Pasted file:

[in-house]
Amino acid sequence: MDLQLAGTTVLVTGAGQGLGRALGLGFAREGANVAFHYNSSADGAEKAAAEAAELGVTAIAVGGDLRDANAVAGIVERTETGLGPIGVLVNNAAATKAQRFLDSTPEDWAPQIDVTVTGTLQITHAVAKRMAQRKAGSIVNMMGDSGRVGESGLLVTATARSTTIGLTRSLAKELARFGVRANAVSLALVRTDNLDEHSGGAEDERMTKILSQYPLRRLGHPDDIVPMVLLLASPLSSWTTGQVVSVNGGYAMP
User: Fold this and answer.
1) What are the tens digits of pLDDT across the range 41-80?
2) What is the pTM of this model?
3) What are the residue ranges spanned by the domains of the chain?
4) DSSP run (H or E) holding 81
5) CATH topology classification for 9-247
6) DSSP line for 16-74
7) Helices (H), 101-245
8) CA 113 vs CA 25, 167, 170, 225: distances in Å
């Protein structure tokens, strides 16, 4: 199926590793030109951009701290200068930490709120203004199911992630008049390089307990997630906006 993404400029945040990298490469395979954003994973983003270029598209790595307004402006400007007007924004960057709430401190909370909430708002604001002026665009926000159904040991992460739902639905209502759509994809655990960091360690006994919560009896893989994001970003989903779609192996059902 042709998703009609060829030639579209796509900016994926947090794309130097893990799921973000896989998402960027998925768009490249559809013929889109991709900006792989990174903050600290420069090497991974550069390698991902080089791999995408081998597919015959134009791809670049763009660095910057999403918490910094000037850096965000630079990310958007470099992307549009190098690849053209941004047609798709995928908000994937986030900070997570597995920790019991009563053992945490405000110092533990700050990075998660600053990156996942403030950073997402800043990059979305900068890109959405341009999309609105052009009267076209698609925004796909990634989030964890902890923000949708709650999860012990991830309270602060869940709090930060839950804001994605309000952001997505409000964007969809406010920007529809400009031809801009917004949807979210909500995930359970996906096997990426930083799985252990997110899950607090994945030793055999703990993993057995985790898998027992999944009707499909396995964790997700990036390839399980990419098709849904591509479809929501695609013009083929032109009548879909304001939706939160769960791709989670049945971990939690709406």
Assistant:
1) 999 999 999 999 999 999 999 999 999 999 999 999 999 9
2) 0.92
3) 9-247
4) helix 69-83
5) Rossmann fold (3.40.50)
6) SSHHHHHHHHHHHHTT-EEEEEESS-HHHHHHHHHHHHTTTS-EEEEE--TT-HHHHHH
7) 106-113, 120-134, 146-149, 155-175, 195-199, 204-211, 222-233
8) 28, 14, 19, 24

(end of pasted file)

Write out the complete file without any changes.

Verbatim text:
[in-house]
Amino acid sequence: MDLQLAGTTVLVTGAGQGLGRALGLGFAREGANVAFHYNSSADGAEKAAAEAAELGVTAIAVGGDLRDANAVAGIVERTETGLGPIGVLVNNAAATKAQRFLDSTPEDWAPQIDVTVTGTLQITHAVAKRMAQRKAGSIVNMMGDSGRVGESGLLVTATARSTTIGLTRSLAKELARFGVRANAVSLALVRTDNLDEHSGGAEDERMTKILSQYPLRRLGHPDDIVPMVLLLASPLSSWTTGQVVSVNGGYAMP
User: Fold this and answer.
1) What are the tens digits of pLDDT across the range 41-80?
2) What is the pTM of this model?
3) What are the residue ranges spanned by the domains of the chain?
4) DSSP run (H or E) holding 81
5) CATH topology classification for 9-247
6) DSSP line for 16-74
7) Helices (H), 101-245
8) CA 113 vs CA 25, 167, 170, 225: distances in Å
């Protein structure tokens, strides 16, 4: 199926590793030109951009701290200068930490709120203004199911992630008049390089307990997630906006 993404400029945040990298490469395979954003994973983003270029598209790595307004402006400007007007924004960057709430401190909370909430708002604001002026665009926000159904040991992460739902639905209502759509994809655990960091360690006994919560009896893989994001970003989903779609192996059902 042709998703009609060829030639579209796509900016994926947090794309130097893990799921973000896989998402960027998925768009490249559809013929889109991709900006792989990174903050600290420069090497991974550069390698991902080089791999995408081998597919015959134009791809670049763009660095910057999403918490910094000037850096965000630079990310958007470099992307549009190098690849053209941004047609798709995928908000994937986030900070997570597995920790019991009563053992945490405000110092533990700050990075998660600053990156996942403030950073997402800043990059979305900068890109959405341009999309609105052009009267076209698609925004796909990634989030964890902890923000949708709650999860012990991830309270602060869940709090930060839950804001994605309000952001997505409000964007969809406010920007529809400009031809801009917004949807979210909500995930359970996906096997990426930083799985252990997110899950607090994945030793055999703990993993057995985790898998027992999944009707499909396995964790997700990036390839399980990419098709849904591509479809929501695609013009083929032109009548879909304001939706939160769960791709989670049945971990939690709406």
Assistant:
1) 999 999 999 999 999 999 999 999 999 999 999 999 999 9
2) 0.92
3) 9-247
4) helix 69-83
5) Rossmann fold (3.40.50)
6) SSHHHHHHHHHHHHTT-EEEEEESS-HHHHHHHHHHHHTTTS-EEEEE--TT-HHHHHH
7) 106-113, 120-134, 146-149, 155-175, 195-199, 204-211, 222-233
8) 28, 14, 19, 24